How Can A Job Loss Affect Child Support?
Unemployed or Underemployed Spouse & Support
A person with an obligation to pay support (child or spousal) may find themselves in involuntarily or voluntarily unemployed or under-employed status.
When you lose your job, your child support orders simply do not just go away. You will still owe the unpaid amount in arrears, which can’t be discharged in bankruptcy and usually can’t be reduced retroactively. However the court can modify your support obligation when you experience a change in your financial situation or job loss. If you are unable to pay the current child support amount due to a job loss, you may be able to secure a child support modification, which is a particular type of court order.
The law takes the obligation to pay support very seriously. The court has many powers to compel the unemployed or under-employed parent to seek and obtain employment.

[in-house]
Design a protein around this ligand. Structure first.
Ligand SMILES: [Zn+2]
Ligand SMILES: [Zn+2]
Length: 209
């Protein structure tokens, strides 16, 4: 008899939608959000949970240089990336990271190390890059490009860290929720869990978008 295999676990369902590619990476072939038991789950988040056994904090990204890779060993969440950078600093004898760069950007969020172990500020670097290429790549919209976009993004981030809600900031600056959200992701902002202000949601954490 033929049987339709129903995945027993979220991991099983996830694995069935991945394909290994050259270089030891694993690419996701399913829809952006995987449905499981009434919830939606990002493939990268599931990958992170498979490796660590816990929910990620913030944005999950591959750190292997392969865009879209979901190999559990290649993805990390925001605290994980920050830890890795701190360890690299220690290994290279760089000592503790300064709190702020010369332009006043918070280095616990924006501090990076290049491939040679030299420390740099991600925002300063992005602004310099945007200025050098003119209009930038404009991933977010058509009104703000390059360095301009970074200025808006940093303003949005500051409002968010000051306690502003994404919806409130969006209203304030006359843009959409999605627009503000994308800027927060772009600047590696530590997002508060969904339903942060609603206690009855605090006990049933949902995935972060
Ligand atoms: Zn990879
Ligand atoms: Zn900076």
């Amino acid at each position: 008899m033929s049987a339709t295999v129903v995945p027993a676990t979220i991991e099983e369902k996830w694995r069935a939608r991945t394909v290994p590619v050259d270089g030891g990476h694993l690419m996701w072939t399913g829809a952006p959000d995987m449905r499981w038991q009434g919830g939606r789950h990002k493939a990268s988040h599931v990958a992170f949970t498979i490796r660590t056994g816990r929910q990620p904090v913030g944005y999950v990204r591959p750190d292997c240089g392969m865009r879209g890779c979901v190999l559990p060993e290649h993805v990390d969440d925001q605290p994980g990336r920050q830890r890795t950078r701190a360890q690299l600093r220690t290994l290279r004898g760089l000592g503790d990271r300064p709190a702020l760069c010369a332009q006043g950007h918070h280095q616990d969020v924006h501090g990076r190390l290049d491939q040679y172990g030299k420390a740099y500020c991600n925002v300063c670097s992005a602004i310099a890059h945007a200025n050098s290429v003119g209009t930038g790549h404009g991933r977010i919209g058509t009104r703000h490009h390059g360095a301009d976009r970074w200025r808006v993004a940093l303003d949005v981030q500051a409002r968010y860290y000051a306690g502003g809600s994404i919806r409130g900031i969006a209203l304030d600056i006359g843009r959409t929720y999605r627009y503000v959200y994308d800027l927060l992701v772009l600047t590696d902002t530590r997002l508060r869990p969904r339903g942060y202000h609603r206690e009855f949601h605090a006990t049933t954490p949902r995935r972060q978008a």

If you lose your job, make less money than you used to, or become physically disabled and unable to earn an income, you need to notify the court immediately. However, simply telling the court clerk or the Child Support Division is not enough to reduce the amount of child support you owe. You must obtain an order from the judge. It is best to get a lawyer to handle your attempt to change or modify the amount of child support you owe.
Many noncustodial parents believe that if they get behind at a time when they are legitimately unable to make a child support payment, what they owe can later be reduced or discounted by the court when an explanation is given. However, if you wait to explain your changed circumstances, the court will be unable to reduce the back payments you owe. So it is very important that you notify the court immediately, provide proof of the reduction in income, and ask that your payments be reduced accordingly. If you do this, the court may temporarily or permanently reduce the amount of future payments.
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